The intent, the FEMA spokesperson said, is to move the tests to a cold storage facility in Louisville, Kentucky, for distribution. Urgent needs will be given priority, according to a FEMA advisory obtained by CNN.
The Trump administration has waffled on its praise of South Korea’s testing capabilities. Trump acknowledged on Twitter in late March that South Korea has been very successful regarding testing. By April, Trump claimed that US tests are faster and more accurate than South Korea's. But facing a testing shortage and governors desperate to bolster their testing capability, the US has had to look abroad.
Federal law enforcement has disrupted a foreign criminal scheme to fraudulently sell 39 million N95 respirator masks to US health care workers, a Justice Department official said in an interview with CNN.
Scott Brady, the United States Attorney for the Western District of Pennsylvania, tells CNN that the Justice Department has launched an investigation into two foreign entities suspected of trying to defraud US health care companies out of millions of dollars as they work to respond to the growing number of coronavirus patients.
In the past month, one group of scammers attempted to bilk US health care companies by offering the sale of N95 masks and demanding upfront payment of 40% of the total bulk purchase price of $3.50 per mask.
Part of the ruse involved convincing buyers that some of the masks were already located in the United States and ready for immediate delivery, however, officials believe these representations were fraudulent and no masks actually existed. Brady said the fraud was disrupted before any funds were transferred.
The federal investigation was first reported by the Los Angeles Times.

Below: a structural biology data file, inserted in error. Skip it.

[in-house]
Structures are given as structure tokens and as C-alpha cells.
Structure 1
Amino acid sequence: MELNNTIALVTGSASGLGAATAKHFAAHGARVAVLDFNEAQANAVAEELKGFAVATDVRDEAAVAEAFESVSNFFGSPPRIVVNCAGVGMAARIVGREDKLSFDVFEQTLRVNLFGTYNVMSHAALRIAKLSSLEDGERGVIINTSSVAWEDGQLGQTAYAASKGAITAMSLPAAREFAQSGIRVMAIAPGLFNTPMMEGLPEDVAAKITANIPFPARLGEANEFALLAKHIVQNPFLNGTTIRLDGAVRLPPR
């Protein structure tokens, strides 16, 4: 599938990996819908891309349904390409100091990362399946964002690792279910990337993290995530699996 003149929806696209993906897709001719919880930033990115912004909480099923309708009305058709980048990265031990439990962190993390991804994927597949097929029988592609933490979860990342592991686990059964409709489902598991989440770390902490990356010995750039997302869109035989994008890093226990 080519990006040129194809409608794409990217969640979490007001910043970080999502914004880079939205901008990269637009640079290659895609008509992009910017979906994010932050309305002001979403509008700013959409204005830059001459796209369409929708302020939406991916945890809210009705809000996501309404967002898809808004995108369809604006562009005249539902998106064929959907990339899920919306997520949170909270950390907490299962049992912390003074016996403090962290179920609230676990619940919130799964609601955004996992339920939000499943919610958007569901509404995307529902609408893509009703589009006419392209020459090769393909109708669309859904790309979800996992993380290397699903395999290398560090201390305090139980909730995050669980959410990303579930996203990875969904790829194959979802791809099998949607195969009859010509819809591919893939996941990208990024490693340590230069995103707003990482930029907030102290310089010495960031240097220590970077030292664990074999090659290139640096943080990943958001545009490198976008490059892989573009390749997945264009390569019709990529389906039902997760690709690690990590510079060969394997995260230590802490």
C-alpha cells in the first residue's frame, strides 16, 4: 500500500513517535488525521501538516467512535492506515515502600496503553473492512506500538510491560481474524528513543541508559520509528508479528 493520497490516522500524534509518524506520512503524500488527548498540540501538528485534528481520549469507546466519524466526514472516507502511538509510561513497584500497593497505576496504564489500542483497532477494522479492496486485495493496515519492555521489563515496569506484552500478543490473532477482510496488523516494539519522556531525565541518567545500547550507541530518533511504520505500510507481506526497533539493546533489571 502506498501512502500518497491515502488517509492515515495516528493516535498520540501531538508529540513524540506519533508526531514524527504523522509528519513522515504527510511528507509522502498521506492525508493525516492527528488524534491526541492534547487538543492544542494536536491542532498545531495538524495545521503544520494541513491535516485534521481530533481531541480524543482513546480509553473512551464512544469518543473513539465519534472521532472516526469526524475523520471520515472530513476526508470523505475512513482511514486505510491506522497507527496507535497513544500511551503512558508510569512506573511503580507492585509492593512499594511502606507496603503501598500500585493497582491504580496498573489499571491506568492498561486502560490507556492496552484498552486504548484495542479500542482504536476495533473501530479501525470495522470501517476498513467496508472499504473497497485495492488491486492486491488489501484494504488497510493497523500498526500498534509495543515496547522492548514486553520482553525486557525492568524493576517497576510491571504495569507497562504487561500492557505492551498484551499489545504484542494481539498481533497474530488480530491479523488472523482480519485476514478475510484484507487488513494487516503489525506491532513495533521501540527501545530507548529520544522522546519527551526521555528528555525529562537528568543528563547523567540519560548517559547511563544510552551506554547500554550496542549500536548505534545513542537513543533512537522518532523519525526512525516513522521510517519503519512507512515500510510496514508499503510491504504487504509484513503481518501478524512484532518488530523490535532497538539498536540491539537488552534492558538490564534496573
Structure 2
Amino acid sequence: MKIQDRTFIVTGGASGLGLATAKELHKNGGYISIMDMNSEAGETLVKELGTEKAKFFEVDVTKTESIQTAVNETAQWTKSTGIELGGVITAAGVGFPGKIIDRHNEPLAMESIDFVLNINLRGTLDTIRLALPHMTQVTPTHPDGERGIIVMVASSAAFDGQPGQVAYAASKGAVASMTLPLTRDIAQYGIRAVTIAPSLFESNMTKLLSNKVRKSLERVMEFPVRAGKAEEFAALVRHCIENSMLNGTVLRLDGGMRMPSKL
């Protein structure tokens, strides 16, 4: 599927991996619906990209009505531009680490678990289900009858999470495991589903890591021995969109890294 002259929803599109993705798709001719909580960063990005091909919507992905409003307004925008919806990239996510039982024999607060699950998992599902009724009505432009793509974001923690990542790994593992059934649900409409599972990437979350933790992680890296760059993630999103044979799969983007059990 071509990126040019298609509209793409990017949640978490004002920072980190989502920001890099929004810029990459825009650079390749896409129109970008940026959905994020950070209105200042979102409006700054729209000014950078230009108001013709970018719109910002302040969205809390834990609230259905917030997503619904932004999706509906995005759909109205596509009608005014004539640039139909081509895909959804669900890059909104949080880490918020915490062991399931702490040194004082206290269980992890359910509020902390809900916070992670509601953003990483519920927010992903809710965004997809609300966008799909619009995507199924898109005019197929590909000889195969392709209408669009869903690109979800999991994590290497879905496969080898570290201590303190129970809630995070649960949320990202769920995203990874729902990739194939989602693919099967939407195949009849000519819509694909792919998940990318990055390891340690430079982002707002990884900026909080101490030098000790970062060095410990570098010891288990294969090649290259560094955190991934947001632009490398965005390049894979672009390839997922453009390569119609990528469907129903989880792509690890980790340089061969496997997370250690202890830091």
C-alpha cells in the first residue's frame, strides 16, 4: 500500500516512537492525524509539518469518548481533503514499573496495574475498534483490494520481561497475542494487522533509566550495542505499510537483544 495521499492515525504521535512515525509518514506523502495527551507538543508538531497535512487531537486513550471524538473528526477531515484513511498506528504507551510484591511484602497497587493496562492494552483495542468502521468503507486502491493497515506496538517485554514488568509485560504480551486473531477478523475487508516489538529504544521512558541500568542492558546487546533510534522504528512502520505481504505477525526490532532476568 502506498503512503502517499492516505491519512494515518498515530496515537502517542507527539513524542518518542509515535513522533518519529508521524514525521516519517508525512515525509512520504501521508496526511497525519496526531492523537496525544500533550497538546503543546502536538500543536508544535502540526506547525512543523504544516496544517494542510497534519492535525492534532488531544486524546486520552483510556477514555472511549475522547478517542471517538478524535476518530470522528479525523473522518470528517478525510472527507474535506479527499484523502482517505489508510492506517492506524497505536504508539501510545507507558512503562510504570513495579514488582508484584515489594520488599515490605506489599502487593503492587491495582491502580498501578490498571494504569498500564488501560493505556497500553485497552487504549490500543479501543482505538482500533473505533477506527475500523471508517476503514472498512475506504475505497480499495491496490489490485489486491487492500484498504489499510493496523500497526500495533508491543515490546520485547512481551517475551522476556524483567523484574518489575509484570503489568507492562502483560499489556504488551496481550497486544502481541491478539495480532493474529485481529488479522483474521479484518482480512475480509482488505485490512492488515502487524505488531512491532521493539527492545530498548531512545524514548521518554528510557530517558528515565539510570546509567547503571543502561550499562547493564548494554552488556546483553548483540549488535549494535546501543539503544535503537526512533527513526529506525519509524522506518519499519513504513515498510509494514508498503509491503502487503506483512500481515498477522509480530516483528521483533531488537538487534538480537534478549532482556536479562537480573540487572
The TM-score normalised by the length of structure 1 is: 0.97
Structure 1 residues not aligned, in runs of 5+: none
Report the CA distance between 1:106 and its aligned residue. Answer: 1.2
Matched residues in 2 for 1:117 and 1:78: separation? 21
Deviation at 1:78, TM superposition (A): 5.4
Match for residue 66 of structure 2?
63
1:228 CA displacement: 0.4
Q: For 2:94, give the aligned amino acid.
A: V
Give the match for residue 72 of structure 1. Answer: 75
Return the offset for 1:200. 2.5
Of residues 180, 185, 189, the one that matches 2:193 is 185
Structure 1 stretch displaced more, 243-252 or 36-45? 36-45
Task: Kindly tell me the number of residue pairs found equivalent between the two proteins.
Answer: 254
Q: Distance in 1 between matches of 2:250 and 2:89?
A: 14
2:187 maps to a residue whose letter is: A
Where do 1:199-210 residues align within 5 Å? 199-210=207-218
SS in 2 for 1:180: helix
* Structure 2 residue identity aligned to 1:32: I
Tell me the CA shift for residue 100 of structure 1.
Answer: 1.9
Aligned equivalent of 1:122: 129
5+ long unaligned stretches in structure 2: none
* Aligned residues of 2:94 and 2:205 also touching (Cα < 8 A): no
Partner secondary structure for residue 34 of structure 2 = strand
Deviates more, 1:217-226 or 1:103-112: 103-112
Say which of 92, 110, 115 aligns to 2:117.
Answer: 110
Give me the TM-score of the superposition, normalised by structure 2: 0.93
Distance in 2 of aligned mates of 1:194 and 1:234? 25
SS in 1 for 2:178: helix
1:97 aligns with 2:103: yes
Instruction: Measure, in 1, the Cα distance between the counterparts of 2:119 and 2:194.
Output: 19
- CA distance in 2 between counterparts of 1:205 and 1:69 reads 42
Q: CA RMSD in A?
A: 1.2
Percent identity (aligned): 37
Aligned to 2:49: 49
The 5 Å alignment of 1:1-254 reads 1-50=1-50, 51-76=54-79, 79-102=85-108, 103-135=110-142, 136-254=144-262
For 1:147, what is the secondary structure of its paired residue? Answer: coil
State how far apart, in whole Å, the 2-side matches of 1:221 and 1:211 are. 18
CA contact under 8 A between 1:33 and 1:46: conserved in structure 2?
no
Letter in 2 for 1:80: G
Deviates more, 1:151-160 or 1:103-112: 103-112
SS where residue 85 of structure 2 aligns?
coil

The scam was discovered after the Service Employees International Union-United Healthcare Workers West (SEIU), a union representing California health care workers on the front lines of the Covid-19 pandemic, publicly announced last month it had located 39 million critically-need N95 masks from a supplier, and would be connecting local governments and hospital officials seeking to purchase masks for their employees.
Brady told CNN the supplier was identified as a man in Pennsylvania, who claimed he was merely a middleman working with two foreign companies — a broker in Australia and a supplier in Kuwait — which are now both under federal investigation. The Pennsylvania supplier is cooperating with law enforcement and is not believed to have been knowingly involved in criminal activity. Brady noted SEIU and 3M — the maker of N95 masks — have also assisted authorities.
N95 masks are currently among the most sought-after and scarce pieces of personal protective equipment for health care workers treating the thousands of US victims of coronavirus.
“The health care systems and first responders are so desperate they’re willing to pay whatever it takes to keep their personnel safe,” Brady noted.
For those contemplating profiting from scams during the pandemic, Brady offered a stark warning.
“The Department of Justice has a long memory,” he said. “If you have victimized and defrauded people, especially in the time of a national crisis, be sure that at some point in the near future, someone will be knocking on your door.”
Jacqueline Towns, the mother of NBA player Karl-Anthony Towns, died Monday due to complications as a result of Covid-19, according to a statement from a family spokesperson released by Towns' team, the Minnesota Timberwolves.
Towns made his mother's struggle with Covid-19 public via an emotional social media video on March 25 in which he said his mother had been put on a ventilator in a medically induced coma.
Prior to that public announcement, Karl-Anthony Towns made a $100,000 donation to the Mayo Clinic to assist in its effort fo combat coronavirus.